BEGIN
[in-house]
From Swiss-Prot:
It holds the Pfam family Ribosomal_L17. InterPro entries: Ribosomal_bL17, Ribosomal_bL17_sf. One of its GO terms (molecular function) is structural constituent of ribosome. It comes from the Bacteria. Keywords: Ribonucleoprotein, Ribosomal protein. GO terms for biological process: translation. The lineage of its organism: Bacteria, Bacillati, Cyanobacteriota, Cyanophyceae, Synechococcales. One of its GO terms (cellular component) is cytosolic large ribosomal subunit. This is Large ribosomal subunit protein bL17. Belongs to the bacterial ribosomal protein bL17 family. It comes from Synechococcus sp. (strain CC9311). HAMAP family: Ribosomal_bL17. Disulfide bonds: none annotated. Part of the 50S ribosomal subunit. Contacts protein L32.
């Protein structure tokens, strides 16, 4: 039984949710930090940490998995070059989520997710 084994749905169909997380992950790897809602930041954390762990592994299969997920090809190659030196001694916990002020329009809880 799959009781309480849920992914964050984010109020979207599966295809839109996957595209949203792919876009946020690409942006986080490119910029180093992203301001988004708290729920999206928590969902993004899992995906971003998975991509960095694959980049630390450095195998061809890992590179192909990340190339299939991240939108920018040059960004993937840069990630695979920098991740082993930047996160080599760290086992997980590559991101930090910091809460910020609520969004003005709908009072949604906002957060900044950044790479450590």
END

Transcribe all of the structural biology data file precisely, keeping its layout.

[in-house]
From Swiss-Prot:
It holds the Pfam family Ribosomal_L17. InterPro entries: Ribosomal_bL17, Ribosomal_bL17_sf. One of its GO terms (molecular function) is structural constituent of ribosome. It comes from the Bacteria. Keywords: Ribonucleoprotein, Ribosomal protein. GO terms for biological process: translation. The lineage of its organism: Bacteria, Bacillati, Cyanobacteriota, Cyanophyceae, Synechococcales. One of its GO terms (cellular component) is cytosolic large ribosomal subunit. This is Large ribosomal subunit protein bL17. Belongs to the bacterial ribosomal protein bL17 family. It comes from Synechococcus sp. (strain CC9311). HAMAP family: Ribosomal_bL17. Disulfide bonds: none annotated. Part of the 50S ribosomal subunit. Contacts protein L32.
């Protein structure tokens, strides 16, 4: 039984949710930090940490998995070059989520997710 084994749905169909997380992950790897809602930041954390762990592994299969997920090809190659030196001694916990002020329009809880 799959009781309480849920992914964050984010109020979207599966295809839109996957595209949203792919876009946020690409942006986080490119910029180093992203301001988004708290729920999206928590969902993004899992995906971003998975991509960095694959980049630390450095195998061809890992590179192909990340190339299939991240939108920018040059960004993937840069990630695979920098991740082993930047996160080599760290086992997980590559991101930090910091809460910020609520969004003005709908009072949604906002957060900044950044790479450590």